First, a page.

The central character is a big lug and an aspiring poet who runs up tabs at the local bars by day and haunts the docks by night, writing paeans to the seafaring life. When he gets shanghaied aboard a clipper bound for Hong Kong, he finds the sailor’s life a bit rougher than his romantic nautical fantasies. He helps rebuff a pirate assault, survives a gunshot to the eye, and learns to live — and love — a Conradian life on the sea, all the while writing poetry about pirates, bad food, unceremonial funerals, foreign ports, and unexpected epiphanies. By the end of his life, he’s found satisfaction in living a life of adventure and finding a receptive and appreciative readership. What more could one ask for?
This is Drew Weing’s debut graphic novel, after honing his craft with numerous, lovingly produced self-published comic stories. Drawn in an elaborate crosshatched style that falls somewhere between Gustave Doré engravings and E. C. Segar’s Popeye, Set to Sea is part rollicking adventure, part maritime ballad told in visual rhyme. Every page is a single panel, every panel is a stunning illustration, every illustration a part of a larger whole that tells a story in the deft language of cartooning.
• Review: "Regarding the artwork, finally, it is once again amazing.Creatures and landscapes seem to spring from the most disordered imagination and land on white paper before diving in a bucket of surrealism. So [Weathercraft] is yet another excellent work by Woodring..." – Thomas Papadimitropolous, Comicdom (translated from Greek – thanks to Ted and Takis for the help)
• Review: "John Pham’s latest Sublife features a group of longer pieces that conjure a philosophical, nomadic vibe that’s rare and welcome. ... He excels at telling a story with a cinematic sense of where to put the camera, so to speak, and how to build drama. ...Pham’s fondness for sci-fi odysseys of lonely adventurers in endless, barren landscapes — whether the desert of outer space or the desert outback of Australia — is a real good thing." – Byron Kerman, PLAYBACK:stl
• Review: "After a couple of years, Jaime’s Maggie storyline, which ran in L&Rv2 #s 1-10 and was reprinted in the Ghost of Hoppers book, still stands as a truly extraordinary piece of work – a story about ghosts and loss, and new friends and old towns. There are demons in the darkness, both literally and figuratively, and odd little talismans that bind us all to that weirdness. It’s a story about growing up and sticking by your friends and all the confusion that brings. It’s about adapting to the fact you’re normal and still having to avoid demonic dogs. But most of all, like almost all of Jaime’s stories, it’s about Love." – Bob Temuka, The Tearoom of Despair (via ¡Journalista!)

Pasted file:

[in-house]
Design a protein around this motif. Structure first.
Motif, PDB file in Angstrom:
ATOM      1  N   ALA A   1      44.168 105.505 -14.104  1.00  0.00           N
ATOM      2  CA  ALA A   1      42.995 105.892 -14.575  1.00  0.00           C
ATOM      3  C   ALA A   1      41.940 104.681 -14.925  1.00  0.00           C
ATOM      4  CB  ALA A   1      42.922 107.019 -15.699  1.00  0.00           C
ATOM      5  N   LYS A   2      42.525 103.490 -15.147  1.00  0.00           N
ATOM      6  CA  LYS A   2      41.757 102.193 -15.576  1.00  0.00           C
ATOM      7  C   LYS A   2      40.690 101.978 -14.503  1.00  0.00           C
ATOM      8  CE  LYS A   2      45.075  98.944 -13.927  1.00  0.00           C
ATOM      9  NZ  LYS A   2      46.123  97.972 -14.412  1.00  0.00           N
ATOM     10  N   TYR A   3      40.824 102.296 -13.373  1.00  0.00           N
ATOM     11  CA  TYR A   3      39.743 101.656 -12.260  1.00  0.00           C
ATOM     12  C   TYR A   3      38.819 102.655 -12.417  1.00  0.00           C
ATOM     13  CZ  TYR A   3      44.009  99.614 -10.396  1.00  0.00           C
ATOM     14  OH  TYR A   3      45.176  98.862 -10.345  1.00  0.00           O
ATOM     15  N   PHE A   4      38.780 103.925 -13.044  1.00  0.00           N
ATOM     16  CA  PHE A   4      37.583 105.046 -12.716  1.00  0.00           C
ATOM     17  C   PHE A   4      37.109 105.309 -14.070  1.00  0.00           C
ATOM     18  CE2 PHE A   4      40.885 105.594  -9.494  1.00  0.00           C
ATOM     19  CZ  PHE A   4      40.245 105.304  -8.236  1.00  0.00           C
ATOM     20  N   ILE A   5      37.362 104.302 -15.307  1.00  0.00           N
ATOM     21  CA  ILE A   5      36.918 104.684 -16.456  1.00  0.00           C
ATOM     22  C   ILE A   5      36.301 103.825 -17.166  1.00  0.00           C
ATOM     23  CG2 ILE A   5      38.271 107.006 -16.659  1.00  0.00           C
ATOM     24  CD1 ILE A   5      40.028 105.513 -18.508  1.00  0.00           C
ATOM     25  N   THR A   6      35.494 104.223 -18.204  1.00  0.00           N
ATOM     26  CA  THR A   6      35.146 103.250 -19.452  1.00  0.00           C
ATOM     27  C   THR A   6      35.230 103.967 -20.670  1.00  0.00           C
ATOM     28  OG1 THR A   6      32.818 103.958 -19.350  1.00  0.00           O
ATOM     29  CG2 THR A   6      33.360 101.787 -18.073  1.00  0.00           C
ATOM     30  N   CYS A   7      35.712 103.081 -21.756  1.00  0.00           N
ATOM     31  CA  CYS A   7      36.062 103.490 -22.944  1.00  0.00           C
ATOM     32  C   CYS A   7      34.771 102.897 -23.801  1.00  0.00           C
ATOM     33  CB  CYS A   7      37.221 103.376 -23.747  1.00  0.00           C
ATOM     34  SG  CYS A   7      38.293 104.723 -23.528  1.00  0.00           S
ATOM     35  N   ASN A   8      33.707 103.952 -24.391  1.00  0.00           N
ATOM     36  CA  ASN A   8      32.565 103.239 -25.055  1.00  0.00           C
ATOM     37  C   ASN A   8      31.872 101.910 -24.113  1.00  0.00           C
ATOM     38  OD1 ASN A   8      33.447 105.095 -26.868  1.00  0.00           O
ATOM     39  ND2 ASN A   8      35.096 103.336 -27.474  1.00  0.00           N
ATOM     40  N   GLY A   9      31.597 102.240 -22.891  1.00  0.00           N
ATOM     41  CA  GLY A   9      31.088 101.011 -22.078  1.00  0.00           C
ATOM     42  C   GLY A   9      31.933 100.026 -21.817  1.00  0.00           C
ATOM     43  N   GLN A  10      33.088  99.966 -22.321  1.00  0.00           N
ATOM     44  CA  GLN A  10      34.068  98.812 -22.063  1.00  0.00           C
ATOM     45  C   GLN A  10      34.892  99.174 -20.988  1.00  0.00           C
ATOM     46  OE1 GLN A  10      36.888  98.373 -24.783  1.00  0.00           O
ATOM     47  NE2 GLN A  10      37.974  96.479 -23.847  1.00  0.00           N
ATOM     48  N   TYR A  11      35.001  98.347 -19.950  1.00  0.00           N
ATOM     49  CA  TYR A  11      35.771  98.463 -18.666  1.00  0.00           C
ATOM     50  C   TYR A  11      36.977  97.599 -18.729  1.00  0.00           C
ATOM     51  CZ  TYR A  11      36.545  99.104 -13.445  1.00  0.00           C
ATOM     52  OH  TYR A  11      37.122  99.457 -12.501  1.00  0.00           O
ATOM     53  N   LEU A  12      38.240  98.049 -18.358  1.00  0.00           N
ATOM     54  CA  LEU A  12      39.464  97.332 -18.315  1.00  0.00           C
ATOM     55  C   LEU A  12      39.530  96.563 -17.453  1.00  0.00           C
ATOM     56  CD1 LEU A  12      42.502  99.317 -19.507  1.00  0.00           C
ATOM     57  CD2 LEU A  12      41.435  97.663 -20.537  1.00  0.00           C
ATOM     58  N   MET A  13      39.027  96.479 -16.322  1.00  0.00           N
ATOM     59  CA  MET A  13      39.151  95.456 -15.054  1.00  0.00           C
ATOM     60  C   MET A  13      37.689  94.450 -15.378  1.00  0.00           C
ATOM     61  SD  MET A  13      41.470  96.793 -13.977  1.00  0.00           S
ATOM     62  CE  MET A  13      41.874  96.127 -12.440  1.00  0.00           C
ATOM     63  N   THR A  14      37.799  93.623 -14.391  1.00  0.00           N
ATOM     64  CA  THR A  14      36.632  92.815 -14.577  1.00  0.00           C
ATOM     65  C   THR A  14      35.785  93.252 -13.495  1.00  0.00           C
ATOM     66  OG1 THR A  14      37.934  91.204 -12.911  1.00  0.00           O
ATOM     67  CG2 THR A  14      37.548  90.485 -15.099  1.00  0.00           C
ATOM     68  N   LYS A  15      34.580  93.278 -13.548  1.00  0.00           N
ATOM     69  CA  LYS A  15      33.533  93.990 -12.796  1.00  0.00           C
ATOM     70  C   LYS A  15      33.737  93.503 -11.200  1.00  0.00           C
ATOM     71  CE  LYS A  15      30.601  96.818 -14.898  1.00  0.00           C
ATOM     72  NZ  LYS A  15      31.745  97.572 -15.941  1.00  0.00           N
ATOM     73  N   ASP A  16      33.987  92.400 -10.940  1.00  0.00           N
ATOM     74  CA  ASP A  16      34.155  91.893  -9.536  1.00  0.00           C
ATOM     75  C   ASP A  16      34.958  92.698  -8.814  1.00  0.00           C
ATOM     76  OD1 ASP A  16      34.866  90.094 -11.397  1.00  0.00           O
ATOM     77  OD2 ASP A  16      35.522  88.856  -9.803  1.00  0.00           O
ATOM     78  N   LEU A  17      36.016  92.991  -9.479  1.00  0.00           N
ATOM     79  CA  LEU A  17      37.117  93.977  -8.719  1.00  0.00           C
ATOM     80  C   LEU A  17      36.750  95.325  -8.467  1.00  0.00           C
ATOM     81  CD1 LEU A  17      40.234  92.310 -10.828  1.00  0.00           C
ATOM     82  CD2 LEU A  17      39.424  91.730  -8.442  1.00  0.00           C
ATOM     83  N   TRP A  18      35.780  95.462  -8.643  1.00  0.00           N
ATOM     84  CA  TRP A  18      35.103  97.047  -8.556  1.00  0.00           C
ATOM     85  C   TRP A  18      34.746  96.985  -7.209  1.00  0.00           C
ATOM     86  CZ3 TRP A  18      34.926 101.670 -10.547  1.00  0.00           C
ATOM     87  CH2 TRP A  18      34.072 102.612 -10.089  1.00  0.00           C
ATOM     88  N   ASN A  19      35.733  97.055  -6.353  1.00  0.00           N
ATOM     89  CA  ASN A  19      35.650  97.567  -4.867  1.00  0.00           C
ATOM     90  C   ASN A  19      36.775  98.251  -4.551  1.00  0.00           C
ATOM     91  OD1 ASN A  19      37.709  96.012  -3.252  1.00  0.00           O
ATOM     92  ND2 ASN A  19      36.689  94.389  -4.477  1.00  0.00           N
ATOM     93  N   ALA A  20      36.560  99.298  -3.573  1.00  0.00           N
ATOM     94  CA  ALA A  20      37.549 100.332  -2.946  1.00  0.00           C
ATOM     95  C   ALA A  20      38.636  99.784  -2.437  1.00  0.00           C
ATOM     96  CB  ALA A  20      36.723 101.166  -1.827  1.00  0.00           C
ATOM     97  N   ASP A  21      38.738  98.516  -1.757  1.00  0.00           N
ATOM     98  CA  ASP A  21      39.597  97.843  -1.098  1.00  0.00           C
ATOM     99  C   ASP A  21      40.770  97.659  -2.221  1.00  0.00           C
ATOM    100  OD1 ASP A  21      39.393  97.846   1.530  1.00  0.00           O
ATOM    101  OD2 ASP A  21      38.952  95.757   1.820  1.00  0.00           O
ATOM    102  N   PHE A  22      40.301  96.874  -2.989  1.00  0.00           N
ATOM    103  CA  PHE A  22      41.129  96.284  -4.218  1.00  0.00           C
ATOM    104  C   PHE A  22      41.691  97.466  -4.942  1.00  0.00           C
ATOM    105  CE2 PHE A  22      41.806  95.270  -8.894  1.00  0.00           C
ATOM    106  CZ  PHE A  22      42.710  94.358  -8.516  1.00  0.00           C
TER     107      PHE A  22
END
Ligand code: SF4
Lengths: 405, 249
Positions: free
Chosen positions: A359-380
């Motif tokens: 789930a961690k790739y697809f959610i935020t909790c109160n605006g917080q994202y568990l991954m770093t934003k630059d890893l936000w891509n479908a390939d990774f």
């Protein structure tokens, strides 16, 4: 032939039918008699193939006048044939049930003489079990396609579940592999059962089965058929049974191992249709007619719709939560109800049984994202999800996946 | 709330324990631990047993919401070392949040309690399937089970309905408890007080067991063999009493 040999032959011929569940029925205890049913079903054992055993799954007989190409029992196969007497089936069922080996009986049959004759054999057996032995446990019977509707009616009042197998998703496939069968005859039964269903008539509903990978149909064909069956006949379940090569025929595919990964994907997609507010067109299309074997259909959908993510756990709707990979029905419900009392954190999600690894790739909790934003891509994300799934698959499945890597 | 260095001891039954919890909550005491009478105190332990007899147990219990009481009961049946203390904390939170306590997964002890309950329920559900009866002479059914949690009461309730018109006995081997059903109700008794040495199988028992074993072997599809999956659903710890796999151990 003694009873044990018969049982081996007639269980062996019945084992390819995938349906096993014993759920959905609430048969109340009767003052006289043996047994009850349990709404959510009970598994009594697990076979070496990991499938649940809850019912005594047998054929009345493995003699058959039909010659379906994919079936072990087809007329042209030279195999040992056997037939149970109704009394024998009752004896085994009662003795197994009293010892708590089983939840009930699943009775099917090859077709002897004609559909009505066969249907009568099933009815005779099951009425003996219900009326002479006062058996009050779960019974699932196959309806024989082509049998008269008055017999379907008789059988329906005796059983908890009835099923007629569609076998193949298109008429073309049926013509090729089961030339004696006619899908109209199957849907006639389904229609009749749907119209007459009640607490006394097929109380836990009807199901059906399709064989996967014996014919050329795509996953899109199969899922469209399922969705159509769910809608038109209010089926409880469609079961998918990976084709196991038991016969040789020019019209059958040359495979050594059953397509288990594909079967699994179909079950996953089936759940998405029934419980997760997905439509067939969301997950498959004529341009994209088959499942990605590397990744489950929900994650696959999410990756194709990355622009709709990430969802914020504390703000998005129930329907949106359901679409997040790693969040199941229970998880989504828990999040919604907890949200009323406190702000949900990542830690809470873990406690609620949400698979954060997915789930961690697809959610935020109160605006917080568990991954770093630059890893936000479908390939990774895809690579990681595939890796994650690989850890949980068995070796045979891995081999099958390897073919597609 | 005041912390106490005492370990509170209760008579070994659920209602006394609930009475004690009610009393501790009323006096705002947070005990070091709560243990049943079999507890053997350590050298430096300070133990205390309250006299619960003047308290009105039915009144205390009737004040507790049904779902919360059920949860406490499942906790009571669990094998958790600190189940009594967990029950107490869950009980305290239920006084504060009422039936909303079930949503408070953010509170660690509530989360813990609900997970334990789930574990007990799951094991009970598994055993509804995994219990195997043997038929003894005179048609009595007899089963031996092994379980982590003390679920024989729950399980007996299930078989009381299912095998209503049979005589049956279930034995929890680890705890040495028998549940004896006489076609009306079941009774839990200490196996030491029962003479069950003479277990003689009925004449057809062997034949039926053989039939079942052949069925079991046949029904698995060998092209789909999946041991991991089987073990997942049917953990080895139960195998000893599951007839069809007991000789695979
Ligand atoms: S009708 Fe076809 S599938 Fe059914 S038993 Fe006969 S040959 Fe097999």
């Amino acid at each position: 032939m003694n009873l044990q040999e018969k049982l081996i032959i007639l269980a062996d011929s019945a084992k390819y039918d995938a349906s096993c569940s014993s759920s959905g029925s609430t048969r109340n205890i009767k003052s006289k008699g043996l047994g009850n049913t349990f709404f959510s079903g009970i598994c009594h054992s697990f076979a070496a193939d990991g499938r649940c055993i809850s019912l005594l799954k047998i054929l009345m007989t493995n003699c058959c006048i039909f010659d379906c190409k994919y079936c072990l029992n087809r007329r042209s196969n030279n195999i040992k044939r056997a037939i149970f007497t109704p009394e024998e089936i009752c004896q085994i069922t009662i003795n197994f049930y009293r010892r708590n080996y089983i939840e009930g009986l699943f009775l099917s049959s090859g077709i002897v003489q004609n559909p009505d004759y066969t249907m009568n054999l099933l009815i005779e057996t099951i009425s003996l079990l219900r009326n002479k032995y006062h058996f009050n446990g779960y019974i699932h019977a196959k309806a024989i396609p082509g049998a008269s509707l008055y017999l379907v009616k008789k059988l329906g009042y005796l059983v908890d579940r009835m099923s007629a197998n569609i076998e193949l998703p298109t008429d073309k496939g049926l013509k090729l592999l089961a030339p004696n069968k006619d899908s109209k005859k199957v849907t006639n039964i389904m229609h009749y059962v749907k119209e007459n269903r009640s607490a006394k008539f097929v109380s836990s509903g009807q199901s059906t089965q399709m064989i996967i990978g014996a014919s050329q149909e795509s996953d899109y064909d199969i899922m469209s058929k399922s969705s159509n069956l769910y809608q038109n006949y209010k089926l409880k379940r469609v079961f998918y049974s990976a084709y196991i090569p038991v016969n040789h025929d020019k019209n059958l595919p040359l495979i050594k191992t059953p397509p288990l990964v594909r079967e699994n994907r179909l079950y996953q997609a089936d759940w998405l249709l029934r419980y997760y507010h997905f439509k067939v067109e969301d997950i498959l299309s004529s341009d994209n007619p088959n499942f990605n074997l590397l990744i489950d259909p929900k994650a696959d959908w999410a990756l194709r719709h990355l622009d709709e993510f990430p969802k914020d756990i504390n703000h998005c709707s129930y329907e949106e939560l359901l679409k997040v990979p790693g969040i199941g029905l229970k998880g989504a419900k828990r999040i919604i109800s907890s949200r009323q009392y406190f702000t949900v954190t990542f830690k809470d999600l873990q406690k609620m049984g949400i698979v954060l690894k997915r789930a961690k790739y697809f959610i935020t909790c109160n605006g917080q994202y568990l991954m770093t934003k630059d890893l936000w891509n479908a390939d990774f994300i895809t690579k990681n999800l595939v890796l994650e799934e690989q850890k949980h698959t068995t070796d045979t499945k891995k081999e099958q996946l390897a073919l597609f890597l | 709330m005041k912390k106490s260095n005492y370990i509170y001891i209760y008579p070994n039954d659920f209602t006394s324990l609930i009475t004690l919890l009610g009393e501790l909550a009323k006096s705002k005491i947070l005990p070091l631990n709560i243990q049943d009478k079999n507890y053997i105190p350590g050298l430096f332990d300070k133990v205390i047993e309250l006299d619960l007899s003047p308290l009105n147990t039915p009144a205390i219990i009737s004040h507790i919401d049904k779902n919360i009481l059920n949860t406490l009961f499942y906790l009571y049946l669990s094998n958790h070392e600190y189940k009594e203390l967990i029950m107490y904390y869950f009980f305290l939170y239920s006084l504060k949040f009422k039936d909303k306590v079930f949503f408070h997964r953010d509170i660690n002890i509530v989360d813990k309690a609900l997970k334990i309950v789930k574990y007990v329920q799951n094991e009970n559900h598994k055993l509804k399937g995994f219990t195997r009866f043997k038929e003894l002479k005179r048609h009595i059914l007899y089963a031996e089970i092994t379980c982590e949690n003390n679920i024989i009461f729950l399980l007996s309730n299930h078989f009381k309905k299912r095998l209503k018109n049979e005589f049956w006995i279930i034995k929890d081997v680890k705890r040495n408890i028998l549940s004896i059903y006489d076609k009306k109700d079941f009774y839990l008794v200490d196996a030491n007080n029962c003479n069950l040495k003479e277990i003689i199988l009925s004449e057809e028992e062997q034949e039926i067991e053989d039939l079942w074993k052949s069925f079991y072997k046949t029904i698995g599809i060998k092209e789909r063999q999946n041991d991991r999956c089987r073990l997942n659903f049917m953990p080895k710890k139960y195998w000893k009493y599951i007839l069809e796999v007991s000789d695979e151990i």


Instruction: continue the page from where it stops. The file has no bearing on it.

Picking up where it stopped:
Do you wish to separate the jolly good fellows from the dour sour pusses from those who seek to ASCEND TO THEIR SIDE DEGREES — but you suffer from lack of imagination when it comes to constructing elaborate hazing rituals and DEVICES? Does fake vomit, joy buzzers and a party pack of fake moustaches only produce yawns, rather than giggles, among your once-merry members? Well, look no further than Catalog No. 439: Burlesque Paraphernalia and Side Degree Specialties and Costumes, in which the manufacturers De Moulin Bros. & Co. from Greenville, Ill. feature the finest electro-dropo benches, goat-shaped tricycles, electric branding irons (and much much more)!
Not only does this 1930 catalog, reproduced with marvelous 21st century machinery, provide tightly rendered pen-and-ink period illustrations and detailed product descriptions, it also has helpful how-tos and scripts to aid in the pulling of these pranks on initiates!
(WARNING: Fantagraphics Books is in no way responsible for any resultant maiming, crippling, immolation, or disfigurement resulting from the construction and/or use of devices pictured in this catalogue. At least, we don’t think so.)
Today, DeMoulin Bros. & Co. is one of the largest suppliers of costumes for marching bands in the United States. But in 1930 the company produced an amazing array of props and devices created specifically to be used in minor “hazing” of candidates in the side degrees of various fraternal organizations. The great 1930 DeMoulin Bros. & Company Fraternal Supply Catalog No. 439 is truly a holy grail for the prankster, arm-chair sadist and those interested in the some of the zanier historic arcana lurking behind that neighborhood odd-fellows lodge.
This is the ultimate desert-island book for pranksters looking for something edgy and new to dream about, Rube Goldberg-like devices created to instill terror and bemused respect, before the candidate ascends to receive a more sublime form of illumination. All in good fun, it is — or was — the American way!
The acclaimed anthology of contemporary comics steams toward its landmark 20th issue. This issue leads off with the cover story, the first part of the satiric psychedelic epic "The White Rhinoceros," drawn by Josh Simmons and written by The Partridge in the Pear Tree. It is our privilege to welcome the great Gilbert Hernandez to the pages of Mome with a brand-new story starring his beloved character Roy! Also debuting this issue, exciting newcomer D.J. Bryant, with what may be the most hard-boiled story to appear in Mome yet. And making return appearances: Olivier Schrauwen, Tim Lane, Conor O'Keefe, and Robert Goodin with new stories, and T. Edward Bak with the continuation of his epic "Wild Man" serial.
Download an EXCLUSIVE 9-page PDF excerpt (1.6 MB) with a page from every artist in the issue, plus the Table of Contents.
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